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Falzarego pass 1915-17

The Austrian and Italian emplacements
above the Falzarego pass

At the Falzarego Pass and on the mountain above, the Piccolo Lagazuoi, during the First World War Austrian and Italian troops were engaged in fierce fighting. 
Still today, in this area there are war remnants everywhere. 
The goal of the Italian troops was to break through the Austro-Hungarian defenses at the Valparola pass and from here, through the Val Badia, to reach the railway of the Puster Valley.
At the beginning of the first attacks, in June 1915, few Austrian and Tirolean troops were deployed at this high altitude fort, while the Italian army was positioning many soldiers in this area.  
But the decisive military advance failed because the Austrian troops had occupied important positions on the top of the mountains surrounding the Falzarego pass: Piccolo Lagazuoi and Sasso di Stria.
The Tre Sassi fort, built as a barrage against the Italian army on the Valparola pass, was exposed to severe artillery fire at the beginning of the war, which damaged its shell and made necessary its evacuation.
Thereupon the Austro-Hungarians  moved their two cannons named "Max and Moritz" and positioned them inside the Goiginger tunnel on Mt. Sasso di Stria. 
Under the command of Major Martini, in October 1915 the Italian troops succeeded in occupying the ledge (which later was named after him) climbing  up along a defenseless gully below the Austrian emplacements on Mt. Lagazuoi and above the Austrian Vonbank-emplacement.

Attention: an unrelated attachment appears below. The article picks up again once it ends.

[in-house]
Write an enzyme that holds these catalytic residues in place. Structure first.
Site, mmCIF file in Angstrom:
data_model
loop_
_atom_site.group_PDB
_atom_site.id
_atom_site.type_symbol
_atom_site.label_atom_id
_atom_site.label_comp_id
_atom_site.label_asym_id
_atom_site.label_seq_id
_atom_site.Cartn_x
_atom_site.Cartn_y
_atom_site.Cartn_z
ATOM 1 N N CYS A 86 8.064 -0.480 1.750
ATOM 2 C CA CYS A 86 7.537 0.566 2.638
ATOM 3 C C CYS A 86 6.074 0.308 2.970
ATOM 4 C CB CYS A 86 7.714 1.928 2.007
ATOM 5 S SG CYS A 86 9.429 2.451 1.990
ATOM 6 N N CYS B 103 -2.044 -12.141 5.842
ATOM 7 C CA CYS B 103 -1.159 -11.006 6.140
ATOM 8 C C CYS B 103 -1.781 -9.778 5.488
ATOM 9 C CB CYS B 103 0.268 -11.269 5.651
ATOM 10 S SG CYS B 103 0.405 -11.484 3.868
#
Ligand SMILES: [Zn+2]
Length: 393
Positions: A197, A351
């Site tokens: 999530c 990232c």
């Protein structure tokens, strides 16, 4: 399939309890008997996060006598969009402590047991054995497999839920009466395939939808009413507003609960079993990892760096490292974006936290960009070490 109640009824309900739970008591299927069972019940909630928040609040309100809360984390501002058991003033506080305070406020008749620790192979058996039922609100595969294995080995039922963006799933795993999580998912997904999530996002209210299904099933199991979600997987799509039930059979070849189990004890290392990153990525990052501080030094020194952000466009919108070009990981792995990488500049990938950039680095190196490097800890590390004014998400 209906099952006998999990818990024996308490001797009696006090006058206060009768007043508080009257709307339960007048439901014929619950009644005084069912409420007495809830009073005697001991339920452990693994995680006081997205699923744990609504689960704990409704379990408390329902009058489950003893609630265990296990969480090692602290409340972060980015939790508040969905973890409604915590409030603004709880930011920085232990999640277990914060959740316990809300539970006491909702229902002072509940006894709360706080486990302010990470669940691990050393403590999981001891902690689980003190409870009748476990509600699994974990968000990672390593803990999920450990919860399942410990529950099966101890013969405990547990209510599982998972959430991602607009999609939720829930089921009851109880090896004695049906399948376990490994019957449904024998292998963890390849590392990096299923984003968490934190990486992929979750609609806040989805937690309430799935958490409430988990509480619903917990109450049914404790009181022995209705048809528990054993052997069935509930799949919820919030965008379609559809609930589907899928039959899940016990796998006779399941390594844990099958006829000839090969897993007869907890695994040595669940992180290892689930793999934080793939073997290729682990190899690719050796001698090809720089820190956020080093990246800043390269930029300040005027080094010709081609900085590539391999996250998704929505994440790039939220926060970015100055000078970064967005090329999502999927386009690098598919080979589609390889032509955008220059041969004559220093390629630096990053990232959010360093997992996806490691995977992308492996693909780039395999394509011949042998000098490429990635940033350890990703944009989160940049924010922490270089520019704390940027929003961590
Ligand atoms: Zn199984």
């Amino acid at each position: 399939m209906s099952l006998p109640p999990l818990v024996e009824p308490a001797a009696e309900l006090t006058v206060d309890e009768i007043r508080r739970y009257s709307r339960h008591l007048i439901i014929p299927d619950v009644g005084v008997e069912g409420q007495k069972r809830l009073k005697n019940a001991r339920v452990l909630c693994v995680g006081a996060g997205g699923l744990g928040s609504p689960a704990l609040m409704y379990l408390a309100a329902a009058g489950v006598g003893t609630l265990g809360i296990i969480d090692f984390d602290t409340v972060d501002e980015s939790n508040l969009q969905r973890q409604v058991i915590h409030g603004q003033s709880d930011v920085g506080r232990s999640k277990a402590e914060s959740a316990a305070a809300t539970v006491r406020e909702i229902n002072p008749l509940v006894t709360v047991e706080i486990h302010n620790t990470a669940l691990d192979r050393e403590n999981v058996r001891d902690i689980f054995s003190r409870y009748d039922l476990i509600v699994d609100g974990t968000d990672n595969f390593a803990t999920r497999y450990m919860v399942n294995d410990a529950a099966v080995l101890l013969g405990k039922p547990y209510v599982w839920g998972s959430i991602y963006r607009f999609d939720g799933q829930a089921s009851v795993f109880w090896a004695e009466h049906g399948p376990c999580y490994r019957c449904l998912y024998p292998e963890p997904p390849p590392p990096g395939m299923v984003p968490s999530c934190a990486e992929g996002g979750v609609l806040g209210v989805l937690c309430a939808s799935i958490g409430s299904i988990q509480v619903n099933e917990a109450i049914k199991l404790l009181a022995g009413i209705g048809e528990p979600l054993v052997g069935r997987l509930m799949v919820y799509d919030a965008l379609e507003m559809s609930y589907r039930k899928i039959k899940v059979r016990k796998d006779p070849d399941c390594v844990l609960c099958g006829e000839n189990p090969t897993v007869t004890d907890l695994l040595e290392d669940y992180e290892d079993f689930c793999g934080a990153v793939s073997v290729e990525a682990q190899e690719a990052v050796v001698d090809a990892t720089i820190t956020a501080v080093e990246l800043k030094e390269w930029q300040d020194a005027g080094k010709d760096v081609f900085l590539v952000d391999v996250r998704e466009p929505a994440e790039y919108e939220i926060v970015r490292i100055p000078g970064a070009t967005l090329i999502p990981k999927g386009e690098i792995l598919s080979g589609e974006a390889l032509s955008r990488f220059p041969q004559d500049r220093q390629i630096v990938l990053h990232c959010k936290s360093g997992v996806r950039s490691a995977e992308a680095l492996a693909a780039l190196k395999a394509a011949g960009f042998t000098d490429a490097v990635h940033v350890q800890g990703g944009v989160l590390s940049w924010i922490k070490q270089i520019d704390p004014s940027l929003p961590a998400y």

The Italian troops constantly continued to strengthen their position on this ledge because their shooting was extremely effective against the trenches of the Vonbank emplacement above the Valparola pass. 

By blowing up 4 mines on the Martini ledge, the Austrians tried in vain to chase away the Italian troops from this position. 
Also the Italian attempt to reach the top of the Piccolo Lagazuoi, digging an over 1 km long tunnel system with a vertical drop of 500 m, failed. 
On 20th June 1917 the Italians blew up the 2668 m high summit, which was occupied by the Austrians, with over 32 tons of dynamite, but the attacking Italian soldiers were killed by the defensive fire of the Austrian machine guns positioned in the Feldwache emplacement 4. 
At the foot of Mt. Lagazuoi, besides the valley station of the cable car, there are two stone scree cones: many thousand cubic metres of rock which were detached by the mine explosions (in total 5). They bear witness to the absurdity and brutality of a war that has cost hundreds of thousands of lives on both sides.


Quarta mina austriaca

On 24th October 1917, after the defeat of Caporetto, all troops stationed on the south-western Dolomite front were withdrawn.

After 3 years of senseless fighting, the wonderful world of the Dolomites was finally immersed in peace and silence again.